77P - Bronchoscopic photodynamic therapy for treatment of microscopic residual disease post resection in non-small cell lung cancer

Date 07 May 2017
Event ELCC 2017
Session Poster Display Session
Topics Non-Small-Cell Lung Cancer, Locally Advanced
Lung and other Thoracic Tumours
Surgery and/or Radiotherapy of Cancer
Presenter Abhishek Biswas
Citation Annals of Oncology (2017) 28 (suppl_2): ii24-ii27. 10.1093/annonc/mdx092
Authors A. Biswas1, A. Khokar2, S. Fernandez-Bussy1, M.A. Jantz1, H.J. Mehta1
  • 1Division Of Pulmonary And Critical Care Medicine, University of Florida, 32610 - Gainesville/US
  • 2University of Florida, Gainesville/US

Abstract

Background

The goal of lung cancer surgery is a complete tumor resection (R0 resection) with tumor-free resection margins. However, 4-5% of lung cancer resections have evidence of microscopic residual disease which is associated with worse prognosis as compared to complete resection. Definitive management for such patients is re-operation and resection of residual tumor. However, a significant percent of patients may not be able to tolerate another surgery and for those patient’s definitive management is not well studied. We treated these patients with stage I cancer and mucosal residual disease with bronchoscopic PDT (photoynamic therapy) and report our experience here.

Methods

We conducted a retrospective analysis of patients who underwent definitive surgery for early stage lung cancer. All patients with R1 resection, stage I disease with mucosal residual tumor and or carcinoma in situ along the stump site were treated with bronchoscopic photodynamic therapy and were studied. Patient characteristics, histology, type and site of surgery, pattern of recurrence, recurrence status, and survival data were evaluated. Adverse events were recorded.

Results

A total of 11 patients (Table) with mucosal R1 resection were treated with PDT along the stump site between 2007 and 2013. The breakdown according to the pattern of residual disease was as follows: CIS in 3 and MRD in 8 patients. One patient (9%) had local recurrence 1 year after treatment and was treated with radiation along the stump site. Four patients (36%) had no evidence of recurrence to date after a median follow up of 4 years and other 6 patients had evidence of regional (16%) or distant (45%) and were treated appropriately for the same. Local control rate was 91%. The median overall survival and progression free survival in our cohort of patients were 45 and 26 months respectively. One patient developed pneumonia and one patient has evidence of photosensitivity reaction.rnTable: 77Prn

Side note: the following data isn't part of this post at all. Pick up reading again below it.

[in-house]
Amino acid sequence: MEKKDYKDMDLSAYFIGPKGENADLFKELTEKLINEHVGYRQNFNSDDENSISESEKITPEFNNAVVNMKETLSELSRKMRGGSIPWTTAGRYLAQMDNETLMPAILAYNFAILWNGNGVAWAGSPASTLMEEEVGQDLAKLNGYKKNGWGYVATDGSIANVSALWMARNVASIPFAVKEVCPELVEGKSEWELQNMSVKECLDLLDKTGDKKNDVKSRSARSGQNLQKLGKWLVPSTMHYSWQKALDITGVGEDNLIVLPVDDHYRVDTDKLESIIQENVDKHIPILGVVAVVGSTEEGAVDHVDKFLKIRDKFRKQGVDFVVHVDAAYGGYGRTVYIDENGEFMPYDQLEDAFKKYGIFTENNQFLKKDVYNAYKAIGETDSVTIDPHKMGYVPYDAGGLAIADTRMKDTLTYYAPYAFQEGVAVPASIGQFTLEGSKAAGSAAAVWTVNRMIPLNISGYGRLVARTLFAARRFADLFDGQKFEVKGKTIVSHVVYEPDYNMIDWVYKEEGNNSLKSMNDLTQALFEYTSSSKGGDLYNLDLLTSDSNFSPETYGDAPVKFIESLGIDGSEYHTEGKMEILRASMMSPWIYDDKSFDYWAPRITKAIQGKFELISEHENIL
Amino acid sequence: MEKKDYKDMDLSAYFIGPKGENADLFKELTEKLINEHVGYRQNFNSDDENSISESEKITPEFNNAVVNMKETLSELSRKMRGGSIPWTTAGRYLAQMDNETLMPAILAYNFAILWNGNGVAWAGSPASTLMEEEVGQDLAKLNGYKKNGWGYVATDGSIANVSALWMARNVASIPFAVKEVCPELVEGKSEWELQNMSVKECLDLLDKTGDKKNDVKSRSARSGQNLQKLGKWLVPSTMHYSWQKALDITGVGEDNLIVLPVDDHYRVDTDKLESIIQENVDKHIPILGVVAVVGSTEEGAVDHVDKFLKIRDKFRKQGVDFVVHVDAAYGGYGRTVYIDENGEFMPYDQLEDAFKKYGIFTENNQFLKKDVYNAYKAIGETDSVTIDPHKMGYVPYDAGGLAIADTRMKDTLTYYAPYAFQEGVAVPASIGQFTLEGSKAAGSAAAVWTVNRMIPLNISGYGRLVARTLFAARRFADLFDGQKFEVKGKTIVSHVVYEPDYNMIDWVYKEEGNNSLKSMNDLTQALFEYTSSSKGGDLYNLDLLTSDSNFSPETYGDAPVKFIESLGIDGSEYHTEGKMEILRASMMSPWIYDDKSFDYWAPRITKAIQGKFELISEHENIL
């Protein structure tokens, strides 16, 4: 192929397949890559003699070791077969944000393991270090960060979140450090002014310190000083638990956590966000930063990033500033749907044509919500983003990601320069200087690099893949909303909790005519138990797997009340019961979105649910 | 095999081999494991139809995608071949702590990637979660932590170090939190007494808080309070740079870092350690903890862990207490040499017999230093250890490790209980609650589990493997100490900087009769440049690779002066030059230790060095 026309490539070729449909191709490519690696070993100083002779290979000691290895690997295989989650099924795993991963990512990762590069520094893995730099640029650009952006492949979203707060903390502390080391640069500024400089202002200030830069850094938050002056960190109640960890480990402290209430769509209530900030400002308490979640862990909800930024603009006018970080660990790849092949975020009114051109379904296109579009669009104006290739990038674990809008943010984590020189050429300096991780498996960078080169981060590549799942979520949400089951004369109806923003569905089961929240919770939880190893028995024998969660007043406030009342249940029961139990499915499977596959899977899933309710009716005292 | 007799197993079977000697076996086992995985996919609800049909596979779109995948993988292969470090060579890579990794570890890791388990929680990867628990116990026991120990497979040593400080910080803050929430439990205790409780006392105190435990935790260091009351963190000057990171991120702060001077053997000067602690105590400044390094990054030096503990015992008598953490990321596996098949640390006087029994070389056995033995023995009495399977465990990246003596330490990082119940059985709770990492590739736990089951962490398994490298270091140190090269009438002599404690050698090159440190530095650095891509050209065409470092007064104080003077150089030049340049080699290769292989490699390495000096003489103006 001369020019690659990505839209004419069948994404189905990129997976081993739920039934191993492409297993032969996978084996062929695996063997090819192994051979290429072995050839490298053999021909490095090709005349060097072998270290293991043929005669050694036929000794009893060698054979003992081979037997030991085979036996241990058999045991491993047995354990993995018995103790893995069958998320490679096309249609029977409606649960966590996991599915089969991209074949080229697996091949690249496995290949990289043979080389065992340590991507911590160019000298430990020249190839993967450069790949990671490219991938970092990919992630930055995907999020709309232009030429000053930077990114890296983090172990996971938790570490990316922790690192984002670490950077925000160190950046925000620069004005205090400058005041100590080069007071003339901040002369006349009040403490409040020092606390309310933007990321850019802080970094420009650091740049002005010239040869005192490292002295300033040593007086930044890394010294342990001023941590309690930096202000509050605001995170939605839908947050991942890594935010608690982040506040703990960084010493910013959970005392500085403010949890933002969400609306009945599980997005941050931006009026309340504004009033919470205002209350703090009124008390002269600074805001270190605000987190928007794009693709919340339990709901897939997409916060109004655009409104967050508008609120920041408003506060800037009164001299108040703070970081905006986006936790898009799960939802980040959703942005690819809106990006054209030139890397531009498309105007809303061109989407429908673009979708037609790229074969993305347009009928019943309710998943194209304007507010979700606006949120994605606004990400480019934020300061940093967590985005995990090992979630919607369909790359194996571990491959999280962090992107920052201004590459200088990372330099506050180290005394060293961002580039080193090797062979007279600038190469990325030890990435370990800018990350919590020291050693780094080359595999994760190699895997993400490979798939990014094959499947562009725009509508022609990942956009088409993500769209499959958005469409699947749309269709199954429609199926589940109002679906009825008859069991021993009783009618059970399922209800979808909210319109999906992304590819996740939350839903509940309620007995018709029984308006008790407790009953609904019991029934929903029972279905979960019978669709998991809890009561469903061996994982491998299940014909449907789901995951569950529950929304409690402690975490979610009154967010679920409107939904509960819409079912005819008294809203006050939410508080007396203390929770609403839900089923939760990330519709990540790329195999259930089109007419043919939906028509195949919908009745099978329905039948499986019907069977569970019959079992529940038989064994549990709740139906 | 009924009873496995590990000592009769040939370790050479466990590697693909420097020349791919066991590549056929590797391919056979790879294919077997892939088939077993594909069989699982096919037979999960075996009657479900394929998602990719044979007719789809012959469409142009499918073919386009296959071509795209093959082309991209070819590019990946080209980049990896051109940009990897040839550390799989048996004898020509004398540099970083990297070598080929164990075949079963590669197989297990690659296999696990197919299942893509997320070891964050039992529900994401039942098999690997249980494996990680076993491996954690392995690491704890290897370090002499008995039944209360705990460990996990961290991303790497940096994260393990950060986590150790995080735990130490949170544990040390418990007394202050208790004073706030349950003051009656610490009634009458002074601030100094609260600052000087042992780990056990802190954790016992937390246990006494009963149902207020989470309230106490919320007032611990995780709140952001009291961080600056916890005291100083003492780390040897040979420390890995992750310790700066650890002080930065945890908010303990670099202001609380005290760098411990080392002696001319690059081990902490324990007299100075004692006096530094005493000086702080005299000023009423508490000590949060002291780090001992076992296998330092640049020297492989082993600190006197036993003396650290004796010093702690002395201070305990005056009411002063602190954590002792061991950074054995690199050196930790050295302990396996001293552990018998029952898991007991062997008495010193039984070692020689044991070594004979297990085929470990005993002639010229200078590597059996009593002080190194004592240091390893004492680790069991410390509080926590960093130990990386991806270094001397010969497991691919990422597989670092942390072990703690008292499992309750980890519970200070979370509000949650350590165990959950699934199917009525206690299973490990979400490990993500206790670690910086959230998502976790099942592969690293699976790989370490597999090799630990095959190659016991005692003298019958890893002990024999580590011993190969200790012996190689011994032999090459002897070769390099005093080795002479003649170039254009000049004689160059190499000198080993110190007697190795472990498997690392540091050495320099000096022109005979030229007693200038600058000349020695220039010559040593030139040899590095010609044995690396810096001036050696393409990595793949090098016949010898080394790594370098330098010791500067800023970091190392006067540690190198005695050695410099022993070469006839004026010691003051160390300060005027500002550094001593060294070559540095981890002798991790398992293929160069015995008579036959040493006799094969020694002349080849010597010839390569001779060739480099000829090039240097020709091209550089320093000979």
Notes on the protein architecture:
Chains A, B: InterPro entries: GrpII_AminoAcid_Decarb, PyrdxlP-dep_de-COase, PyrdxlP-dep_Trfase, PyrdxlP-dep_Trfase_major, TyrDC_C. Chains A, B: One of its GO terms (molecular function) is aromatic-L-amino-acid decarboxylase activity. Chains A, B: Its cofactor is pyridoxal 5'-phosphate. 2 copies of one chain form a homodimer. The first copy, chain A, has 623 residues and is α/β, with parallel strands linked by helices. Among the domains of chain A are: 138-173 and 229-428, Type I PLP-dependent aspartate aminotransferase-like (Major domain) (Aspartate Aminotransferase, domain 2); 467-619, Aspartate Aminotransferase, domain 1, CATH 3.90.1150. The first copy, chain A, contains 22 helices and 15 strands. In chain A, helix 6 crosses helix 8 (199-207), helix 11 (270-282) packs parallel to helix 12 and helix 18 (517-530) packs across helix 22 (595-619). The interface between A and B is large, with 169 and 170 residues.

rnrnrnrnrnrnrnrnrnrnrnrnrnrnrnrnrnrnrnrnrnrnrnrnrnrnrnrnrnrnrnrnrnrnrnrnrnrnrnrnrnrnrnrnrnrnrnrnrnrnrnrnrnrnrnrnrnrnrnrnrnrnrnrnrnrnrnrnrnrnrnrnrnrnrnrnrnrnrnrnrnrnrnrnrnrnrnrnrnrnrnrnrnrnrnrnrnrnrnrnrnrnrnrnrnrnrnrnrnrnrnrnrnrnrnrnrnrnrnrnrnrnrnrnrnrnrnrnrnrnrnrnrnrnrnrnrnrnrnrnrnrnrnrnrnrnrnrnrnrnrnrnrnrnrnrnrn rnrn
Patient #AgeSexOperationHistologyType of residual diseaseSite of treatmentPattern of recurrencePFS monthsOverall survival monthsAlive
153MLobectomyAdeno caMRDLLLregional4966Y
280FLobectomySCCaCISLULn/an/a45N
380FSegmentectomyAdeno caMRDRMLDistant1011N
457MLobectomySCCaCISRLLn/an/a70Y
566MLobectomySCCaMRDLLLDistant2832N
640MLobectomyAdeno caMRDRULregional3659N
766FLobectomyAdeno caMRDRLLn/an/a86Y
867FLobectomySCCaMRDRMLDistant2634N
976MSleeve lobectomySCCaMRDLLLn/an/a39N
1072FSegmentectomySCCaCISRULLocal2473Y
1174FLobectomySCCaMRDLULDistant2125N
rn

Conclusions

Conclusion: Bronchoscopic photodynamic therapy (PDT) is a nonthermal ablative technique that can be used to treat central airway disease in adults. In conclusion, based on our findings, PDT is a safe and effective alternative therapy for patients with mucosal residual disease post R1 resection. Although this was a retrospective evaluation with a small sample, our data suggest that selected NSCLC patients after R1 resection may benefit from bronchoscopic PDT.

Clinical trial identification

This is not a clinical trial.

Legal entity responsible for the study

University of Florida

Funding

None

Disclosure

All authors have declared no conflicts of interest.